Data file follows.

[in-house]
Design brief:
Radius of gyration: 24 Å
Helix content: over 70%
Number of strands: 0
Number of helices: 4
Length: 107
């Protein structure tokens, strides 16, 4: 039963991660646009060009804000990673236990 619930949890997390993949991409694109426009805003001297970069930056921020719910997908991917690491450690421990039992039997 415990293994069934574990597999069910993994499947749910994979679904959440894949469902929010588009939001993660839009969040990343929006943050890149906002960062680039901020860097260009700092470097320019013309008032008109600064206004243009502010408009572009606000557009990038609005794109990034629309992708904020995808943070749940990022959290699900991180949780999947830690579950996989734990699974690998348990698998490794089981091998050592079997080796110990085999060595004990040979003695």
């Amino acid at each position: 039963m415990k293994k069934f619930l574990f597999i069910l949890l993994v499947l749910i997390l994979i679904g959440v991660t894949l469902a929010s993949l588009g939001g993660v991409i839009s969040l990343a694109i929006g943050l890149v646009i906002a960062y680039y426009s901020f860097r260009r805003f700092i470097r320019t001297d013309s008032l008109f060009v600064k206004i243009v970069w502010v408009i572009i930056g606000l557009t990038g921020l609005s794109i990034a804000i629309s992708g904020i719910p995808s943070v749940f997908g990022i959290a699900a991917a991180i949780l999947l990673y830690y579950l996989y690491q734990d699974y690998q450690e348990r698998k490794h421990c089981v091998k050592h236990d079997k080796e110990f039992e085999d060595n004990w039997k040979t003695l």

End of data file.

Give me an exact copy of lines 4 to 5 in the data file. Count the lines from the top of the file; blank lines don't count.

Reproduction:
Helix content: over 70%
Number of strands: 0